• Fauzia

    I could not agree more with the comment above (Arshad). We, as a community, need to take very strong stand against violence against women (including honour killings). No ifs and buts. No hiding behind the excuse that “it happens in all communities”. If we take pride in our community as the best Ummah and as the community of beloved prophet Muhammad (SAW), then we have to show leadership. All religious leaders should issue fatawas and all political/community leaders issue formal statements against violence against women. As a husband, a father or a brother, if you don’t agree with the choices that your female relatives are making, you have the choice to separate your ways but in no circumstances, you should even be lifting your finger to hurt them.

  • A Mohammad

    On sister Fauzia and Br Arshad’s comments above, I do beleive as they do, that it is the responsibility of the community to take leadership in addressing the problem head on. The challenge in this relates to whether or not we recognize what our leaders are saying. There have been many global condemnations and fatwas issued by very reputable scholars on issues from terrorism, to domestic violence and honour killings to separate these acts from our religion…..even in Arafat during Hajj!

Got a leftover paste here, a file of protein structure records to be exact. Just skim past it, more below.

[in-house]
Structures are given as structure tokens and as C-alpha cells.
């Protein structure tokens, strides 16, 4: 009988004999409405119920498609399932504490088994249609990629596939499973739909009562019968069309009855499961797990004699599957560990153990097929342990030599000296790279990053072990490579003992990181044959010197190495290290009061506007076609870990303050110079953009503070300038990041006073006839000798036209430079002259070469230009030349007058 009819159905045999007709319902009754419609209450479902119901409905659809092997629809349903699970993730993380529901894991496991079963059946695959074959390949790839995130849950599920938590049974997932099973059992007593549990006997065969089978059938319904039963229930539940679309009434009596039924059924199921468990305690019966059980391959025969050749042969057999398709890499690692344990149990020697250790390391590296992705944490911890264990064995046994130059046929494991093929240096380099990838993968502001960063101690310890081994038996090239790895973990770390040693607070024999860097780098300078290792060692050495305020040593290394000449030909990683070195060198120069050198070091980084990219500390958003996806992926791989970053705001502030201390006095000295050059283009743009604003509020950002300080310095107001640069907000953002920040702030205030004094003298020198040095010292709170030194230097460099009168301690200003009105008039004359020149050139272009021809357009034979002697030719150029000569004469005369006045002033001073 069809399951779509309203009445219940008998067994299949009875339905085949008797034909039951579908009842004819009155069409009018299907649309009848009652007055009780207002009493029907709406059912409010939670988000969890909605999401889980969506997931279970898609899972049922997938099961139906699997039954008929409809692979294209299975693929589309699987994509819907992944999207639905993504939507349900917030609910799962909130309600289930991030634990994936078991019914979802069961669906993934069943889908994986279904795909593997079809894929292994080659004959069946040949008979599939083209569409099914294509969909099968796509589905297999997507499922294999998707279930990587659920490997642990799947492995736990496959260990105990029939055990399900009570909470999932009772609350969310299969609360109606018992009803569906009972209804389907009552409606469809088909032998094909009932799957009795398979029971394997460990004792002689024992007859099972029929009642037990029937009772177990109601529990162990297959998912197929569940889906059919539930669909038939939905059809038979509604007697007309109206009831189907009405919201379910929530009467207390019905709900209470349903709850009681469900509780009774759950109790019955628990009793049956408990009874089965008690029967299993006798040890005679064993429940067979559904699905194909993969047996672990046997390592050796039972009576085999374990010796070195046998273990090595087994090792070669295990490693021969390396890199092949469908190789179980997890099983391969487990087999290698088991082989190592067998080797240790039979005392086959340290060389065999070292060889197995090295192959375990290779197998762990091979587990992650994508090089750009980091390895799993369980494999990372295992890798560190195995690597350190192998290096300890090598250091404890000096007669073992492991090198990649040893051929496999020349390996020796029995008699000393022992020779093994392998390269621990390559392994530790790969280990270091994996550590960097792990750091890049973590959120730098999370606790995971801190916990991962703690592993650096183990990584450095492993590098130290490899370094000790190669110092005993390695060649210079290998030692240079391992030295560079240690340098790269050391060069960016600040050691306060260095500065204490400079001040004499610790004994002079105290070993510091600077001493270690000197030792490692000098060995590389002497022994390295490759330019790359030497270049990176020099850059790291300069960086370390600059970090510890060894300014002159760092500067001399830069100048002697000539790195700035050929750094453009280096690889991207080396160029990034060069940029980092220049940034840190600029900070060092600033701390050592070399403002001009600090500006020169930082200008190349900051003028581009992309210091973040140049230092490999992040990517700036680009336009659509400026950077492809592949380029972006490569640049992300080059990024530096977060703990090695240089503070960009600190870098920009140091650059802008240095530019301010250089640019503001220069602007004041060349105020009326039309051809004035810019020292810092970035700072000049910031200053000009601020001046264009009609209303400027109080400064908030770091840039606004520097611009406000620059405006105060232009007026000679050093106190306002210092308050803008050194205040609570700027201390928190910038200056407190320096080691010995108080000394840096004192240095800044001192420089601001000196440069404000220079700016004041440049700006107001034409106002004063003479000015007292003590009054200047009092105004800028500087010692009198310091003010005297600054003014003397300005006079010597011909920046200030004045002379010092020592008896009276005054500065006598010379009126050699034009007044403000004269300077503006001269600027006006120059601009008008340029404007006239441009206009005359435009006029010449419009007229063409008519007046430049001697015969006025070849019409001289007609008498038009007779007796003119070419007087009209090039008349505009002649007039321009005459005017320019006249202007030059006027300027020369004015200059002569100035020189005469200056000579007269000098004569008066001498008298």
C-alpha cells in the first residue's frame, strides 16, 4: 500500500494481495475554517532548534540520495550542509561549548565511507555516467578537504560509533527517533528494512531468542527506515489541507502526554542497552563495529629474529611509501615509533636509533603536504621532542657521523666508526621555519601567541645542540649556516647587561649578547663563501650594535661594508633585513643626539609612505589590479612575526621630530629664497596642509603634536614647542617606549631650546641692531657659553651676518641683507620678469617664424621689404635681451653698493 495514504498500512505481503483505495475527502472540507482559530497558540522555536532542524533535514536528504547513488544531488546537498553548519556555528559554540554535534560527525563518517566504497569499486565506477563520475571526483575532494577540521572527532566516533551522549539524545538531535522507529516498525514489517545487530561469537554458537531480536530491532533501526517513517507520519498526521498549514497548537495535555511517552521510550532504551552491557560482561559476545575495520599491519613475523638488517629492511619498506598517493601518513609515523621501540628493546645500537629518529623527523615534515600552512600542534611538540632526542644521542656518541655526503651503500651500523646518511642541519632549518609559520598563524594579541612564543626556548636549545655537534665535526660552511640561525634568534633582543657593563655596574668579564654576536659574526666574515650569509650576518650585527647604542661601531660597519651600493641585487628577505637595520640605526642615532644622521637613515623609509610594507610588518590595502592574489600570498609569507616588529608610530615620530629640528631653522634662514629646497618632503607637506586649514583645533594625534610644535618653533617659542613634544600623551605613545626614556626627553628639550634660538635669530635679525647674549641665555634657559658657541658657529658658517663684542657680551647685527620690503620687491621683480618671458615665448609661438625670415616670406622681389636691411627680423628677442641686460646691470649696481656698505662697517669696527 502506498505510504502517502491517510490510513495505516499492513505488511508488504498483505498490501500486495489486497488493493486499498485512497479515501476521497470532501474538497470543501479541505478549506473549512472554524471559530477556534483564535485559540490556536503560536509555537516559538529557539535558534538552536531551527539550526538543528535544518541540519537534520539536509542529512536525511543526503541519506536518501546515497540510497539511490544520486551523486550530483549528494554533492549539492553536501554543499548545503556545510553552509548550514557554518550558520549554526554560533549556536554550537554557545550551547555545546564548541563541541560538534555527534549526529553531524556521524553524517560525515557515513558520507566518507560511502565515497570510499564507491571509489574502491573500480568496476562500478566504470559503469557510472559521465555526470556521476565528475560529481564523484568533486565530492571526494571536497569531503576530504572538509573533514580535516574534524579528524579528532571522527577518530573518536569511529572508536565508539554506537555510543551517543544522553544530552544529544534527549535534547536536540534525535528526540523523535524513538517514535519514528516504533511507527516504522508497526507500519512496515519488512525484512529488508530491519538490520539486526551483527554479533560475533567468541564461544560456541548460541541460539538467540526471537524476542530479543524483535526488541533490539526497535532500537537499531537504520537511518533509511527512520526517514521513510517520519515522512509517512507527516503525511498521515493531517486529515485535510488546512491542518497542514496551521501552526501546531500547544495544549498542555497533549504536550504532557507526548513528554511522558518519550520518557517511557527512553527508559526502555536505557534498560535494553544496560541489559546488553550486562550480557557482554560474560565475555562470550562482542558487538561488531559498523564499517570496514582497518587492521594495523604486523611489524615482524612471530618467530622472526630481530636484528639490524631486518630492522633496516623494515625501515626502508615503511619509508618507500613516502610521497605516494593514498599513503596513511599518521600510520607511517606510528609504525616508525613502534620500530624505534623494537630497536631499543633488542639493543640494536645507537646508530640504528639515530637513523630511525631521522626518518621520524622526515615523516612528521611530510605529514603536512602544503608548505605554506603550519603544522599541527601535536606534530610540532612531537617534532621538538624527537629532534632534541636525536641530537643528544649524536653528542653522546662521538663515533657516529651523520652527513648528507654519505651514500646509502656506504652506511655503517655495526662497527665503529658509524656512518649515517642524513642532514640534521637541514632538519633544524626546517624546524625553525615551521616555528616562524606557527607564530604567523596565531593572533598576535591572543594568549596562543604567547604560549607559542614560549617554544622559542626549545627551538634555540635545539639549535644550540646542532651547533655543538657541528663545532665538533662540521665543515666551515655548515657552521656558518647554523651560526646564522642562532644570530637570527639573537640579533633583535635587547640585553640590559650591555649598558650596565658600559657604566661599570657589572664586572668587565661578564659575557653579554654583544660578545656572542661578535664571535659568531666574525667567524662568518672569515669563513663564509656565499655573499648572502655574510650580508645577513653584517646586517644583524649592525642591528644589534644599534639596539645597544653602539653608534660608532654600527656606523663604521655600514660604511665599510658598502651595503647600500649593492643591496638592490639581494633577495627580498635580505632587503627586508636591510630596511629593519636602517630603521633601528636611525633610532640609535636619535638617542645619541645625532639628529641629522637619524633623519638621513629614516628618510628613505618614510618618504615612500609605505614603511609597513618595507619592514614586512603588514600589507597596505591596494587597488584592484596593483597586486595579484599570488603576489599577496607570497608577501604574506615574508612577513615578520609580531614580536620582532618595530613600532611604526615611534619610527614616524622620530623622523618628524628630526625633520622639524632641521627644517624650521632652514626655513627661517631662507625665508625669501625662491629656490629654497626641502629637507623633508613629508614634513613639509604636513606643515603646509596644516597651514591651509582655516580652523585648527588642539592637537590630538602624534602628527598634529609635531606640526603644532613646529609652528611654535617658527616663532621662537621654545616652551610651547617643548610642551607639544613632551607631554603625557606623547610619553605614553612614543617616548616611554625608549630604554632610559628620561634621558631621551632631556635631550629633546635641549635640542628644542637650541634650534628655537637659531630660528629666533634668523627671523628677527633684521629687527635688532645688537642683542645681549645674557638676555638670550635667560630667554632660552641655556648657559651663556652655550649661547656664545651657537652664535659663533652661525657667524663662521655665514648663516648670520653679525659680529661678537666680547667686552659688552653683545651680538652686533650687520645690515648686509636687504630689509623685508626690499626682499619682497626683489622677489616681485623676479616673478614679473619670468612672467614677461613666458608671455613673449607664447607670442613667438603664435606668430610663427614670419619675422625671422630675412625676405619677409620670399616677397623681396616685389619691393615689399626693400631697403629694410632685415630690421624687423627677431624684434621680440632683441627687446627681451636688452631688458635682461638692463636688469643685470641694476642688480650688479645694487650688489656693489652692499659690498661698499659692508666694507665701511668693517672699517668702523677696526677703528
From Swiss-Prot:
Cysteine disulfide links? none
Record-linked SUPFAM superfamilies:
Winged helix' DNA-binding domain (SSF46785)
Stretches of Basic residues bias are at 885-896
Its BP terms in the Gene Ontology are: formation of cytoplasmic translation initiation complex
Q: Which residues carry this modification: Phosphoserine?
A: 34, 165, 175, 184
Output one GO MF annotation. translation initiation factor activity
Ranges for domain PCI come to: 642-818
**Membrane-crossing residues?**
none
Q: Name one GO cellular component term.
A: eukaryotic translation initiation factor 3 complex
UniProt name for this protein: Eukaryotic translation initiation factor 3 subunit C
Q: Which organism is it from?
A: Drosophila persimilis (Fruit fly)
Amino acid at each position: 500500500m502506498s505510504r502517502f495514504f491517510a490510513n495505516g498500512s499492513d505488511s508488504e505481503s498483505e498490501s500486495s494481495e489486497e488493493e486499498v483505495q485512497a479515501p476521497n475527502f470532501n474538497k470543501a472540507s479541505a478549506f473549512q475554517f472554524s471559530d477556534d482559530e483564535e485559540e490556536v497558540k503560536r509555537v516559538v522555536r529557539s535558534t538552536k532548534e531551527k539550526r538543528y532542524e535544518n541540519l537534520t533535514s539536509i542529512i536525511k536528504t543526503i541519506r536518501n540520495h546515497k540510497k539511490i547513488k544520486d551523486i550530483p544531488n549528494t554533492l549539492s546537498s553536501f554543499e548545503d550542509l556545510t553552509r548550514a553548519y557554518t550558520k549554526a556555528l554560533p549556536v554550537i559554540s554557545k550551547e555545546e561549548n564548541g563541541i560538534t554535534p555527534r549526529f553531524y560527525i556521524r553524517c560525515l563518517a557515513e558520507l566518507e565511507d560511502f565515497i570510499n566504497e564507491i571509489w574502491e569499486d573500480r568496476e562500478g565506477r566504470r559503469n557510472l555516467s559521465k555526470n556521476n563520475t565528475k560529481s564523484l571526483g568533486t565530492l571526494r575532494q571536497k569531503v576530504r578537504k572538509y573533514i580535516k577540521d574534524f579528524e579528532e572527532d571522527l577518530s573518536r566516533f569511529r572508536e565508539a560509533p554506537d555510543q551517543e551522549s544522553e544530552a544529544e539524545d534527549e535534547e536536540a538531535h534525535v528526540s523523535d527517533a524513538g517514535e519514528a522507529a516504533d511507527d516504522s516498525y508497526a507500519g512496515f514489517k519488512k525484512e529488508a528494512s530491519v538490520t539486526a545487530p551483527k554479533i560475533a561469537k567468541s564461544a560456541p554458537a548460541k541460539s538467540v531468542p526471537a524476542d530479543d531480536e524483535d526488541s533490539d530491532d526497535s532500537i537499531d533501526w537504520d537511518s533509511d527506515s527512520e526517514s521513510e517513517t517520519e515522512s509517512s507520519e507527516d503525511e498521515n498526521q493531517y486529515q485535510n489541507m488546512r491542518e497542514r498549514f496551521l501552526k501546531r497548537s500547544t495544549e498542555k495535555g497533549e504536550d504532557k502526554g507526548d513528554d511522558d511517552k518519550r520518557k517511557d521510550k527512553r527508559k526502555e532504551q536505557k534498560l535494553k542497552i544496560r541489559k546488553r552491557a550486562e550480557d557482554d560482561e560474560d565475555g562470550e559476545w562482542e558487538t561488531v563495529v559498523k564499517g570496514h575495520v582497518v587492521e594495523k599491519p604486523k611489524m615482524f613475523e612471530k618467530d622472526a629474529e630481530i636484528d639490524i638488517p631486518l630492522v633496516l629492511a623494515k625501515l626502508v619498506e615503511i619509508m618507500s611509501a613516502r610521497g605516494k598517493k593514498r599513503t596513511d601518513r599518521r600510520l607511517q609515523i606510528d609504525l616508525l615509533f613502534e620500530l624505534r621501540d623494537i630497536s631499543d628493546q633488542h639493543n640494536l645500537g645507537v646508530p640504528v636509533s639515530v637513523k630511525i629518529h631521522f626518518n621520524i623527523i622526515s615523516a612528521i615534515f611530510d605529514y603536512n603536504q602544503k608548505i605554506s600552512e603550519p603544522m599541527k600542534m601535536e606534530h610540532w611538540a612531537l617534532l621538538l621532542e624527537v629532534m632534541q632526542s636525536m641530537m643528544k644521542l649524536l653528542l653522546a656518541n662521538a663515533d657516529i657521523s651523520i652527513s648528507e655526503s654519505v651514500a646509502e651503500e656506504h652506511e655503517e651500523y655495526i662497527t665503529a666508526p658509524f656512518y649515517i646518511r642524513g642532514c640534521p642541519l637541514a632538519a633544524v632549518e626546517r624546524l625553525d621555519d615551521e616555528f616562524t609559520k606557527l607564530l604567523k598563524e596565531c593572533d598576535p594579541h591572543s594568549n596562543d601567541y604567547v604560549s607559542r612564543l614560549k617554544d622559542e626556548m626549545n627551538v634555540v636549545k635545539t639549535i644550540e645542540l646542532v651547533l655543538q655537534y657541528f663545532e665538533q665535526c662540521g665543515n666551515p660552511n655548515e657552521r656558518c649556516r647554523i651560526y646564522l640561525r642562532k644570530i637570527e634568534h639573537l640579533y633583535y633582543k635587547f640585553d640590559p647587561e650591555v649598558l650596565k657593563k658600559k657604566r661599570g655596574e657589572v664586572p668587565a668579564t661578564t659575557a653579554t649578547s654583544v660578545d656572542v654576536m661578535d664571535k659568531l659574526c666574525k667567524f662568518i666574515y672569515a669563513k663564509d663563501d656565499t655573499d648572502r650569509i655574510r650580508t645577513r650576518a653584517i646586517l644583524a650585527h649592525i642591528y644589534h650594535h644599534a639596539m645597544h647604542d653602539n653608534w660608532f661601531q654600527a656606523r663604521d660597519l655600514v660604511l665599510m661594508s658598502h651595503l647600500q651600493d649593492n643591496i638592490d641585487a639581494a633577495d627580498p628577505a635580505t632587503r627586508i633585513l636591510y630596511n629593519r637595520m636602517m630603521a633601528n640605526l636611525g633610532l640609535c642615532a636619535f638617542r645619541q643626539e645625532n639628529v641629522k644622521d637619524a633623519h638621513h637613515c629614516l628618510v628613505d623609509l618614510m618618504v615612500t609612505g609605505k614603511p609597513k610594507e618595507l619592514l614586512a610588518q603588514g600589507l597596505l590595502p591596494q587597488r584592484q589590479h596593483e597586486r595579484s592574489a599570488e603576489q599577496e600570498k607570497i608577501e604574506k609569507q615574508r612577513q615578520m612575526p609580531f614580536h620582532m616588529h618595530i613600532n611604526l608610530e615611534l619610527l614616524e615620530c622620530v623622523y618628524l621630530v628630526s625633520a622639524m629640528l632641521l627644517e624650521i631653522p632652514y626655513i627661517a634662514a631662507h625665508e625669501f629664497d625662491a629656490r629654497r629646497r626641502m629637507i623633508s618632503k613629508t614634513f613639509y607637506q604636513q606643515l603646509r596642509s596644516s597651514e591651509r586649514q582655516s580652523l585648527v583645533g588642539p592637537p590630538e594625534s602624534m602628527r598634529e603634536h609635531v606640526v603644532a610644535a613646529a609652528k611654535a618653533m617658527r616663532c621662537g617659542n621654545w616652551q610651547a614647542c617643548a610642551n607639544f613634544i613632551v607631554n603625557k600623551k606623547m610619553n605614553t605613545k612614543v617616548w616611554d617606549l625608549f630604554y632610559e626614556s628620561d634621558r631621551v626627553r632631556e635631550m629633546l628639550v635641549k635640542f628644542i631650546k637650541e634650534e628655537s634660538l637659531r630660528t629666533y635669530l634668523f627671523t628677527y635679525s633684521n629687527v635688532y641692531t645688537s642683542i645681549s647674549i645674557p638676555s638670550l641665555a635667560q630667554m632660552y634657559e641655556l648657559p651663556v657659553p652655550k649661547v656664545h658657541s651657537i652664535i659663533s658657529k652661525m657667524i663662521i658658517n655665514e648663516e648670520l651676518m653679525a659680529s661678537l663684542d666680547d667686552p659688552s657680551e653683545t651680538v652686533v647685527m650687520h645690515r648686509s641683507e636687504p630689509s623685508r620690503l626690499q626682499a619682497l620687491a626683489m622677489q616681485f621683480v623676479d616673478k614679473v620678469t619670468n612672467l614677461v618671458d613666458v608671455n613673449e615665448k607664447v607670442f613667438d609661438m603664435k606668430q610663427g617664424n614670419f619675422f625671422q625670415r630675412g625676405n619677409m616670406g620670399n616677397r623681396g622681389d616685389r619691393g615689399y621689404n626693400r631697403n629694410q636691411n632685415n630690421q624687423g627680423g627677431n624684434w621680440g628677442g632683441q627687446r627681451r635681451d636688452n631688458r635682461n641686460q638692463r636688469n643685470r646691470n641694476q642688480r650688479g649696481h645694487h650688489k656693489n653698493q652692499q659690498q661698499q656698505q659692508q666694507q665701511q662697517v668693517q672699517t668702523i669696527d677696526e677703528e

We “shop for fatwas” as one Imam put it in Toronto, and if it agrees with our cultural doctrine of domination, control, justification of violence etc., then we side with it. We also have to contend with “self-proclaimed” spokespersons of the community who perpetuate Islam’s “influence” within these circumstances which does nothing but confuse and undermine the efforts of the Masajids and Imams who are setting the record straight.

    My only prayer for everyone is to follow the basic tennants of this beautiful Deen the way it is supposed to be (5 pillars). You will feel first hand how Allah SWT provides clear solutions for any difficulty we face in this duniya whether as parents or as children.

  • Arshad

    Thanks for your support, Fauzia and A. Mohammad.